Talking Tit

2.06.19  |  Article by Olu Odukoya  |  Art, interview, Magazine  |  MM11 Click to buy

Documented While Making New Work for This Issue’s Special Supplement, Sarah Lucas Talks Tits, Why God Is Dad, and Furniture Being Her Family.

OO:

I loved how the Liberty text came out in the pictures

SL:

Good, I’m glad it’s worked out.

"it’s always relevant, ‘liberty’, isn’t it? There’s never enough of it about."

OO:

But why ‘liberty’ in the first place? You came up with the idea of using that word…

SL:

I can’t remember! It was such a while ago that I made the sculpture, but I’d assume it was the same reason as using it now: that it’s always relevant, ‘liberty’, isn’t it? There’s never enough of it about.

OO:

Definitely. The sculptures you made of the tits — you’ve done those quite often before? You mentioned doing them for a charity project?

SL:

Oh yeah, I can send you a picture of that on my phone, actually; that was just the other day. I’ve done the tit pieces a lot. You remember when we did that talk together at Situation [at Sadie Coles Gallery], and I had that chair…?

OO:
I do! There were a lot of tits on that chair.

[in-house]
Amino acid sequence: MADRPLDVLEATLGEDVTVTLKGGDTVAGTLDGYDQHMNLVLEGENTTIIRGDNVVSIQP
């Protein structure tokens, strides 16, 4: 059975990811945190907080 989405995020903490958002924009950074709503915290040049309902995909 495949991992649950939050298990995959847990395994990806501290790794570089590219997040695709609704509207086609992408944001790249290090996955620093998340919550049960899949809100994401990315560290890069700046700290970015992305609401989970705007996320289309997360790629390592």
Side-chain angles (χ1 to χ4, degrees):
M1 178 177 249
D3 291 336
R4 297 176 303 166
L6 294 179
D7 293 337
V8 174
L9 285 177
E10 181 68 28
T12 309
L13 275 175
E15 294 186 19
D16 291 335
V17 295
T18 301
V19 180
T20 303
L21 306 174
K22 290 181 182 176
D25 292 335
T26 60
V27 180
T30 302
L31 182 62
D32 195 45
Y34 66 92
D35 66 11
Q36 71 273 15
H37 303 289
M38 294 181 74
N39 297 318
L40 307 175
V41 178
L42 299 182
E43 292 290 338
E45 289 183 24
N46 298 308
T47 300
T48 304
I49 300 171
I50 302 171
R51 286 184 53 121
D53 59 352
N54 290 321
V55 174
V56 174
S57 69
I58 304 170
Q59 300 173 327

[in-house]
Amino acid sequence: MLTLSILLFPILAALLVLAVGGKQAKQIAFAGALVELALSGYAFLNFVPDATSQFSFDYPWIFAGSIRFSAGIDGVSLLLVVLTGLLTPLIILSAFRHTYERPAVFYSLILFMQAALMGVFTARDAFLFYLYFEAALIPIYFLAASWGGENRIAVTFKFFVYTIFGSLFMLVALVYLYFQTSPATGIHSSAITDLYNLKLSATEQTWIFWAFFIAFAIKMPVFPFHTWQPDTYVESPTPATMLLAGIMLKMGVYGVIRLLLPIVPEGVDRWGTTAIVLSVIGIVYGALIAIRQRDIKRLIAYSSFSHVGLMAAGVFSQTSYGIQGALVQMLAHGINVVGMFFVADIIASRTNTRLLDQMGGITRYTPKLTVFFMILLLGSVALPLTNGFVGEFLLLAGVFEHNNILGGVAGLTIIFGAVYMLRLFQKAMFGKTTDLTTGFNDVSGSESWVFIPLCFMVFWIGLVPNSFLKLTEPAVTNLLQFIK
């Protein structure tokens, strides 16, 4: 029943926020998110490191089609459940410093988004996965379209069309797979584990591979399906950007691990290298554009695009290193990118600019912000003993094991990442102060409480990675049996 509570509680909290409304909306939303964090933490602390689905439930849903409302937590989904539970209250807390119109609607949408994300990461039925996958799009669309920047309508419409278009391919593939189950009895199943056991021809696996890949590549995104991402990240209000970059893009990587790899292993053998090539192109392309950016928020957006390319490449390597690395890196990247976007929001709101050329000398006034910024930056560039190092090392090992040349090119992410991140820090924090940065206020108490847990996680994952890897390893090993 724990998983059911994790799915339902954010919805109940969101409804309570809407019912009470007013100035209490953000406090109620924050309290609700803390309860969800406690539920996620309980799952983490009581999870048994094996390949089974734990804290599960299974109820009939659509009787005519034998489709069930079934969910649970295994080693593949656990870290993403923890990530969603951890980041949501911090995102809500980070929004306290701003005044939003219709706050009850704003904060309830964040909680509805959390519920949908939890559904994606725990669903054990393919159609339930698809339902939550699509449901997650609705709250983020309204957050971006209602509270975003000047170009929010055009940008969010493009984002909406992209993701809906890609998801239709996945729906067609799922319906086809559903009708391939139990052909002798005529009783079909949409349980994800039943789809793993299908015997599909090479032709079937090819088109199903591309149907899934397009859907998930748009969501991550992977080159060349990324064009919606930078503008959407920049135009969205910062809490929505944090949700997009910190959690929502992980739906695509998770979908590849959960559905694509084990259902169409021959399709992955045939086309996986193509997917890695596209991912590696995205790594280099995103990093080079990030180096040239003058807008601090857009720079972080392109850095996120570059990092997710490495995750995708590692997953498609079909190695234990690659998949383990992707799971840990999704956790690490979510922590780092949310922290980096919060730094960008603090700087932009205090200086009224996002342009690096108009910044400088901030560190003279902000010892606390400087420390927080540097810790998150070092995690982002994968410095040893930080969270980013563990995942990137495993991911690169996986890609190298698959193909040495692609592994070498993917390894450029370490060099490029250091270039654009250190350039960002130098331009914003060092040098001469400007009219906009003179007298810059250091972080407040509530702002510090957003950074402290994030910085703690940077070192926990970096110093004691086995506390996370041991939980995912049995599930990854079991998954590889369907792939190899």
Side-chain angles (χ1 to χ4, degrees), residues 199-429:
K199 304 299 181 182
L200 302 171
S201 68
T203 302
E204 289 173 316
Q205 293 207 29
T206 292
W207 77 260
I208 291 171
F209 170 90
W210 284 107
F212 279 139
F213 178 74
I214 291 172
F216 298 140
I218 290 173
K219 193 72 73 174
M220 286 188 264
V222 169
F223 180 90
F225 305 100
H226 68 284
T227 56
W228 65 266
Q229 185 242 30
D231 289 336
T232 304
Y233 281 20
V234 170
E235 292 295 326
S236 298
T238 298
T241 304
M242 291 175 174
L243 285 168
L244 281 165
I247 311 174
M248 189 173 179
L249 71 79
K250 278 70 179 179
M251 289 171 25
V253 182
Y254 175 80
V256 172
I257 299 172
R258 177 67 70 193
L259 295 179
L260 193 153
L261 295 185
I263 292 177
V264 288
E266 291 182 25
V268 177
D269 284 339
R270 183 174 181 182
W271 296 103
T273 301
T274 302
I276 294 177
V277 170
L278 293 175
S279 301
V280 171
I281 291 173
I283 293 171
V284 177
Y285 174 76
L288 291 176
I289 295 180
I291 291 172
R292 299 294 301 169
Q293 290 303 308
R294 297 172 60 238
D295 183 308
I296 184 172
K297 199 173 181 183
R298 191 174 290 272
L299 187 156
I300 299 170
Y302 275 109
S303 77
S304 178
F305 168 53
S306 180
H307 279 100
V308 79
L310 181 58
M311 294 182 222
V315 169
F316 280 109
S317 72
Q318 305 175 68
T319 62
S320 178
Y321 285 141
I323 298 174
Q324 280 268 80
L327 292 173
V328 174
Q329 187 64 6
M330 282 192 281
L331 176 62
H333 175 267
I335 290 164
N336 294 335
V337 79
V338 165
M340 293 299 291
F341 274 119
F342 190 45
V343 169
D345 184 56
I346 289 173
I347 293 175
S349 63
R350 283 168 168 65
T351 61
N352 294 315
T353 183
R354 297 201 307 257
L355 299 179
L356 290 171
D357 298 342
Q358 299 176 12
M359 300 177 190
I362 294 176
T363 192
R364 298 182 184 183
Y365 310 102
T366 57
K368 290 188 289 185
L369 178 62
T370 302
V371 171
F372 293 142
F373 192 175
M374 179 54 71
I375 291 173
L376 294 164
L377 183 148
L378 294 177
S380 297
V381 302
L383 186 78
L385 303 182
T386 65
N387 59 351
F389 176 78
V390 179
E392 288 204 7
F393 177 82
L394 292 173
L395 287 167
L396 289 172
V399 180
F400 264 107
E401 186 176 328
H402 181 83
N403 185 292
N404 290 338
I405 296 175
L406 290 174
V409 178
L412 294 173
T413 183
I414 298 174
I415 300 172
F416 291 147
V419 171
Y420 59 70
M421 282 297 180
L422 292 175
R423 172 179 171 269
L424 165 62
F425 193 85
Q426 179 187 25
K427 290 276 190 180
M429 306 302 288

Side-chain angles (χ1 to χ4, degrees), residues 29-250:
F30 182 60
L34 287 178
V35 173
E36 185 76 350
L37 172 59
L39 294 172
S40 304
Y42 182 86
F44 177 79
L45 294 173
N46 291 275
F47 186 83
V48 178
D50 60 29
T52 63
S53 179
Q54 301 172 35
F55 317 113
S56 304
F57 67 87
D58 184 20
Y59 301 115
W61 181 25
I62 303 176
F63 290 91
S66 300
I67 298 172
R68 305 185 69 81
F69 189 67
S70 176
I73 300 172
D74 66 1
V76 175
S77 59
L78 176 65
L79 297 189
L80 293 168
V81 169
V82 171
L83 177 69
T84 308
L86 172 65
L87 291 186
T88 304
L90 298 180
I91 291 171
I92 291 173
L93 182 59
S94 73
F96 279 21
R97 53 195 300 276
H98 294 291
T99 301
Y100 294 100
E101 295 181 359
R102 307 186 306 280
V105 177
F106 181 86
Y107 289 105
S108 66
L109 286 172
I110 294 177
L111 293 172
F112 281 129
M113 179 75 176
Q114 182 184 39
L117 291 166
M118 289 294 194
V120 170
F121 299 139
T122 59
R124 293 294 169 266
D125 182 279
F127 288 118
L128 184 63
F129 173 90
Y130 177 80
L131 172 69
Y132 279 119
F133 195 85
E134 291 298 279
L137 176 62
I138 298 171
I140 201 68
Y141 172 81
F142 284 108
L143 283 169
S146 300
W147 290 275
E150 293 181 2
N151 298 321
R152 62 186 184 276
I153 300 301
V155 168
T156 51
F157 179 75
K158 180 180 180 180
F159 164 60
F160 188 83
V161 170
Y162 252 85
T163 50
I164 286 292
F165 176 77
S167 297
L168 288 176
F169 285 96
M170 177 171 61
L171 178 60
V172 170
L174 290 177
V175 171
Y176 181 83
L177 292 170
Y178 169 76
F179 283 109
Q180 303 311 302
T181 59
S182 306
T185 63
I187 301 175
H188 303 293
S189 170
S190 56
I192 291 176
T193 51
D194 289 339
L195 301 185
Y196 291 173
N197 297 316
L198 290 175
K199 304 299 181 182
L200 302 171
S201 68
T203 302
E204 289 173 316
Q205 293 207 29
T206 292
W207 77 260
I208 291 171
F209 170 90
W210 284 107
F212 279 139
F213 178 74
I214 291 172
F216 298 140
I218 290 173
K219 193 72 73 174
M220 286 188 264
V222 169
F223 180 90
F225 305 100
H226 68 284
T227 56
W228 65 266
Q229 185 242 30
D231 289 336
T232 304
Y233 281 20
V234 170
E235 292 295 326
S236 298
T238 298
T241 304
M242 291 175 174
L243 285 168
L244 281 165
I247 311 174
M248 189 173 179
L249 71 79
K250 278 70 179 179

SL:

With the concrete boots, and the big sort of caged wire construction all smothered in tits. I can’t remember how long I’ve been doing them now — maybe since about 2001, or something. But they’re so convenient that I use them a lot.

OO:

And they’re so recognisable! Because I took the one you gave me home, and my daughter recognised it straight away; she said: “whoah, you’ve got titties!” And she’s only six.

SL:

They’re quite amazing to walk around in the street with, because it draws everybody’s eye, and they have to do a double-take as to whether it’s a real tit or not. Because it operates on people as if it is a real tit. It would be quite funny to go to a nursery with them or something, or somewhere with loads of babies — just to see what they make of it. I bet they’d respond to it, too.

OO:

What about the concrete shoes that are in the pictures — when was that piece made? And what’s it called?

SL:

I can’t remember what I’ve called it at different times, if only because I’ve made a few pairs. It’s going back some years that I made the first pair of shoes, I think; and then later on I got into making those big concrete boots, the thigh-high boots. But the shoes came first. I’ve got such a terrible memory…

OO:

Do you remember why you first made them?

SL:

Actually, years ago, I started out on it because I was casting my own shoes. This is was in the 90s, with some of the stuff I used to wear — creepers, and weird boots, and things like that. After I’d really worn them out, and they were beyond wearing any more, I’d cast them in concrete; so it started out with my own things. Then later on it morphed into using those big platforms, and then the thigh-high boots and stuff.